Director: Phil Alden Robinson
Running Time: 1 hour, 23 minutes
Henry Altmann (Robin Williams) seems to walk around in a constant state of rage. After a traffic collision with a taxi, Henry goes to the hospital to check for injuries. With his regular doctor on vacation, Dr. Sharon Gill (Mila Kunis) performs his check and notices a brain aneurysm on his scan. This throws Henry into a fit of anger as he pressures Dr. Gill to give him an estimate of how long he has left. Frustrated, she blurts out that he has 90 minutes left to live, which causes Henry to leave the hospital and try to make amends with the people in his life.
"The Angriest Man in Brooklyn" is an adaptation of an Israeli film called "The 92 Minutes of Mr. Baum" and is directed by Phil Alden Robinson, who is perhaps best known for directing "Field of Dreams" and "Sneakers." This is one of Robin Williams's final films as he plays the titular angriest man himself, a man named Henry Altmann. Henry has been living a life of misdirected rage ever since his son passed away. Unable to cope with the loss, Henry has become truly unhappy, a miserable man in every sense of the word in a life where he has pushed everything good away and has evolved into an isolated asshole. At the beginning of the film, Henry Altmann is diagnosed with an inoperable brain aneurysm, and under yelling and angry duress, Dr. Sharon Gill, played Mila Kunis, who is not his actual doctor but rather someone tasked with giving him the bad news during a crappy day of her own, tells Henry he only has 90 minutes left to live. From that moment on, Henry makes it his mission to right the wrongs of his life and to make the most of his mere 1 hour and 30 minutes left on earth, all while Sharon, who feels guilt-ridden by her lapse of judgment in telling her patient the amount of time he has left to live, scours Brooklyn in an attempt to find him before it's too late.
There is a quote in this film where Henry states, "And my tombstone will read Henry Altmann 1951-2014. I never realized until now it's not the dates that matter, it's the dash." We can't help but to relate this directly to the untimely death of Robin Williams and tear up. Watching "The Angriest Man in Brooklyn" now, after he is gone, it makes it difficult to separate the two people with a quote so powerfully appropriate to the actor's life itself. This movie is a drama with dark comedic tones, but it never truly knows what it wants to be in the end. Most of the time, it's overly dramatic, but with such an established, perfect actor like Williams, comedy often takes over as the dominant genre. Robinson attempts to draw humor from the anger of a dying man. Sometimes it works flawlessly, other times, not so much. Most of it is mid-level drama with a couple of true laughs and feels thrown in for good measure, but it's clearly not the best effort on the part of Williams or director Phil Alden Robinson. The supporting cast also does an okay job with what they have to work with, most notably Peter Dinklage, but again, it's nothing extraordinary. The pacing is pretty slow, and despite being only 83 minutes long, it does feel much longer.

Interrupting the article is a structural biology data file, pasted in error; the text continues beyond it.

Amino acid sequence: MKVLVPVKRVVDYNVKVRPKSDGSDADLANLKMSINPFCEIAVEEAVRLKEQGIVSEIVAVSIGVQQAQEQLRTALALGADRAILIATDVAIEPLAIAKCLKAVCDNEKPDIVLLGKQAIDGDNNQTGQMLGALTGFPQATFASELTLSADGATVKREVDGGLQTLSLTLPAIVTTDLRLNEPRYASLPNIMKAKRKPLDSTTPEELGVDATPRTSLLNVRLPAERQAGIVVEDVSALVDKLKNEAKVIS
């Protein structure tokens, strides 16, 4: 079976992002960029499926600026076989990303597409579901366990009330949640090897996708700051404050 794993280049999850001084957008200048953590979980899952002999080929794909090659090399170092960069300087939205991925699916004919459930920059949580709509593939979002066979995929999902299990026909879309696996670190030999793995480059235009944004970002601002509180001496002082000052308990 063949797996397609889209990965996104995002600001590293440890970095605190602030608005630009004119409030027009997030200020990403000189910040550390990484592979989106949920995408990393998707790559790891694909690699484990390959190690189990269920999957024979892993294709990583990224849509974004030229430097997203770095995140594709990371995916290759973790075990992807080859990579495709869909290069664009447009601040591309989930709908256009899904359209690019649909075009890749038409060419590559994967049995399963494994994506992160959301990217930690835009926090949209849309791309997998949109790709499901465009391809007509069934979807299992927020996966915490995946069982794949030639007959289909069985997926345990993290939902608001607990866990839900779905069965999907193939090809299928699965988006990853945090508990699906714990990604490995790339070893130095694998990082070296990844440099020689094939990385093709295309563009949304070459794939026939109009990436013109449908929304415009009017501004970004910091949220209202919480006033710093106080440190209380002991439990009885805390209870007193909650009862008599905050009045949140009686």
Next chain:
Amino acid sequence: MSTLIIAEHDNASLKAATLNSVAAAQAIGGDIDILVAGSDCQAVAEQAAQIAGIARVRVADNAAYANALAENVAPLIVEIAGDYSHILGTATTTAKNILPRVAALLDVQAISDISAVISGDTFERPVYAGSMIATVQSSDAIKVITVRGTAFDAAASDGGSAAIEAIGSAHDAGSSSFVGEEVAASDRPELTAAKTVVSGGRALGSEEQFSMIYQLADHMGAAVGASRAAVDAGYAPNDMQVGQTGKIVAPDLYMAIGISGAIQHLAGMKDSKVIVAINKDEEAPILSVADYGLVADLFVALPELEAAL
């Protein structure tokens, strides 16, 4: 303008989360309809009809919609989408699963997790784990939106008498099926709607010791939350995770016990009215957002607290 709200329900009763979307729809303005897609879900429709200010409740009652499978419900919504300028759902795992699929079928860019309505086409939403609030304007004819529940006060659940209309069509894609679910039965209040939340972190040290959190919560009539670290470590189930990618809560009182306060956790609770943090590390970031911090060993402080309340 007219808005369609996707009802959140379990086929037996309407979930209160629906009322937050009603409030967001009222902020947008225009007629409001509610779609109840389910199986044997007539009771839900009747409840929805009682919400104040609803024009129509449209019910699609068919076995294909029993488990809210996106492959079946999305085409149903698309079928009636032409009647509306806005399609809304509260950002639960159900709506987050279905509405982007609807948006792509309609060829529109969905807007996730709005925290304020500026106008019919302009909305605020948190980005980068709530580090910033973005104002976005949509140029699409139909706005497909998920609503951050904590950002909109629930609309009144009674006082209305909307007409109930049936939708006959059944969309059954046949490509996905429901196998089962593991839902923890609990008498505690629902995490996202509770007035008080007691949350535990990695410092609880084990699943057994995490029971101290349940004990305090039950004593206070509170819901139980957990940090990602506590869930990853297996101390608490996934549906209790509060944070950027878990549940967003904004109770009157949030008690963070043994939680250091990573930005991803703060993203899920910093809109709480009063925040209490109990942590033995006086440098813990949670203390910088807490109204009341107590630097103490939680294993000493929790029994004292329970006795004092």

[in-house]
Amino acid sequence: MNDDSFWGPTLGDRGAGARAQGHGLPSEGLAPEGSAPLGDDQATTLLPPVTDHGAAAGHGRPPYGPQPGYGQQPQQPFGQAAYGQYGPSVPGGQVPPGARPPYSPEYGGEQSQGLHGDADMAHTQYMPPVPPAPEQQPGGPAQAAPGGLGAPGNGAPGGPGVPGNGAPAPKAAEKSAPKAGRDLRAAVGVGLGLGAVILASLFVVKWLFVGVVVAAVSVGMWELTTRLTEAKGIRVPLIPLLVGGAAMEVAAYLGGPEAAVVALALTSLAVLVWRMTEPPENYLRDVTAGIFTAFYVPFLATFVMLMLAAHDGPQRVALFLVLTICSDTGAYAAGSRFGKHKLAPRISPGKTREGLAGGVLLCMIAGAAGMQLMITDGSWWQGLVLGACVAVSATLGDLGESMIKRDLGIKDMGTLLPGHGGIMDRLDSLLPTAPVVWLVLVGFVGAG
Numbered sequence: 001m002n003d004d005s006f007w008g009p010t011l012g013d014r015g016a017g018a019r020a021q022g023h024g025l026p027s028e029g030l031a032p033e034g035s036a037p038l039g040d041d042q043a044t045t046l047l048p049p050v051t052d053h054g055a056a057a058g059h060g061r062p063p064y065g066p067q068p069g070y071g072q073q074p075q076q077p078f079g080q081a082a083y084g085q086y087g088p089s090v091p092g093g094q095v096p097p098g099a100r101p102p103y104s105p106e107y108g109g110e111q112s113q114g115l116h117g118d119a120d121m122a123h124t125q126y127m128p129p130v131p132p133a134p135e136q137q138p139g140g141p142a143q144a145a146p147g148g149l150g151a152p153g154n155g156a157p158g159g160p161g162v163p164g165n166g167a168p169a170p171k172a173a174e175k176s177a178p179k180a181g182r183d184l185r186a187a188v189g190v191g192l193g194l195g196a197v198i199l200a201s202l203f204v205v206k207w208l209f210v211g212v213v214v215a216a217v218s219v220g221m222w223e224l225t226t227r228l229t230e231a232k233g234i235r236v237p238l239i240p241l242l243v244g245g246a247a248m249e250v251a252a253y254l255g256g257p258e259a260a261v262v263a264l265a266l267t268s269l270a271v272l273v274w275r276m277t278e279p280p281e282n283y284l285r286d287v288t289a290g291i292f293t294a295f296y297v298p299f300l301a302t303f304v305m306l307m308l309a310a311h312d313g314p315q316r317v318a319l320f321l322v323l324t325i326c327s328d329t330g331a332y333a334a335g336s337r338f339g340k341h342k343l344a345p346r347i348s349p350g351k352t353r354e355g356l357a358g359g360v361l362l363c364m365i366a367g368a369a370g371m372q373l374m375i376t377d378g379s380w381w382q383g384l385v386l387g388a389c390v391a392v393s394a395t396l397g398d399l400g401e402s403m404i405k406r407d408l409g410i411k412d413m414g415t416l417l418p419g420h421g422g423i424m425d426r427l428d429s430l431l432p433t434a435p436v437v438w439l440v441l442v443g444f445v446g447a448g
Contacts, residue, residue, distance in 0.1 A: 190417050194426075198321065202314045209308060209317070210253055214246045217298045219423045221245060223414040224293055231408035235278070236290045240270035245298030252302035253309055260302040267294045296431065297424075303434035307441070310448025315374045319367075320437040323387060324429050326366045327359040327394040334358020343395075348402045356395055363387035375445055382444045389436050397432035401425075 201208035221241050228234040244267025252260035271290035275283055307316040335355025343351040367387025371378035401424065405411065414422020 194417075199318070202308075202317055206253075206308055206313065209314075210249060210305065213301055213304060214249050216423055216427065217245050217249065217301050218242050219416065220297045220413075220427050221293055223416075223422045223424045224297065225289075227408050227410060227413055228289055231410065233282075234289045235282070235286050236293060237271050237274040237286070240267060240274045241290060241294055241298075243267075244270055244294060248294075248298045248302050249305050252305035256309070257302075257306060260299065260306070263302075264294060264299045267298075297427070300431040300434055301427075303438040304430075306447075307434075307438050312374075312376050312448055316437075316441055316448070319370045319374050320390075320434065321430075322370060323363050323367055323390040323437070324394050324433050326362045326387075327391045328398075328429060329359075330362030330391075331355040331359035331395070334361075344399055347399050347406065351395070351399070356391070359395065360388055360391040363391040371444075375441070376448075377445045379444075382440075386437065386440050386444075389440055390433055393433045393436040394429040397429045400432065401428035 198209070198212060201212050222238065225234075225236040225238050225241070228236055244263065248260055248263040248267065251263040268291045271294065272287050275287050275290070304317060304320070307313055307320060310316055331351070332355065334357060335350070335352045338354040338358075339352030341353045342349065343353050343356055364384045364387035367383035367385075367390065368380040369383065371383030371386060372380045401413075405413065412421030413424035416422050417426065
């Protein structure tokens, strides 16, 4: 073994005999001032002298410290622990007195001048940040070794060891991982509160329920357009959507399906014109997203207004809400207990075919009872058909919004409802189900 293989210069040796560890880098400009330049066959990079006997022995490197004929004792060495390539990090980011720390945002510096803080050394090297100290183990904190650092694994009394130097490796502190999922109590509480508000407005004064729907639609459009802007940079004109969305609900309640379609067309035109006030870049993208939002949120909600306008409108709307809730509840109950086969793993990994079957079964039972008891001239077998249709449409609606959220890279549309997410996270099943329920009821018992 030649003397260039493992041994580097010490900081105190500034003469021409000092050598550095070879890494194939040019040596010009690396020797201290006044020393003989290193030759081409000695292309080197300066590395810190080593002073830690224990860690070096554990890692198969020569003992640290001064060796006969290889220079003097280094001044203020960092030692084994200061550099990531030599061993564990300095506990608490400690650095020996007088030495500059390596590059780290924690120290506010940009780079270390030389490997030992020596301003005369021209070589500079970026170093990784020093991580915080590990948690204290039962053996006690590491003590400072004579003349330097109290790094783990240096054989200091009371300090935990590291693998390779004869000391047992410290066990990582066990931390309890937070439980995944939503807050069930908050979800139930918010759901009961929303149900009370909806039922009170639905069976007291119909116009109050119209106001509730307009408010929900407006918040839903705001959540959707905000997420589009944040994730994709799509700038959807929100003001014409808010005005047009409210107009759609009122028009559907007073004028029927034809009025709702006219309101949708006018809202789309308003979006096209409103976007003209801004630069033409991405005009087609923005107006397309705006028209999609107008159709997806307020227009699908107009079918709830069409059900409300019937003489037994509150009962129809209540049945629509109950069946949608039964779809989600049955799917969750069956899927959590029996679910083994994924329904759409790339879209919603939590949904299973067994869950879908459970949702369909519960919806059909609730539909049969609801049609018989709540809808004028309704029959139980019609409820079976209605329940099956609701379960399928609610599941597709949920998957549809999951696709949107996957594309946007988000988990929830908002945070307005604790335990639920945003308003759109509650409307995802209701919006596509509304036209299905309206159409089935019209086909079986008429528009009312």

As people who have lost loved ones to terminal illnesses and as people who bared witness to friends and family who have died suddenly without any warning, it's true what they say: you never really know how much time you've got left on this planet. It's a shame it took the sense of impending, immediate doom for Henry Altmann to realize that he should have lived his life in a better, more happy and fulfilling way. "The Angriest Man in Brooklyn" winds up drawing some circumstantially related emotional strings as it draws a few unintentional parallels with the lead actor's life and his recent death. It's not as bad as the IMDb and Rotten Tomatoes reviews suggest, but it's not the best film you'll ever see. Williams is good in this film, one of his final roles, but taking on parts like this sadly makes us wonder if he knew something we didn't. It's clearly not his best performance, but he always acted with such a resounding conviction that he made a mediocre part feel better than it would if it had been anyone but him. Still, we wish this movie had been better.
BigJ's Rating: 5.5/10
IMDB's Rating: 5.7/10
Rotten Tomatoes Rating: 10%
Do we recommend this movie: Meh.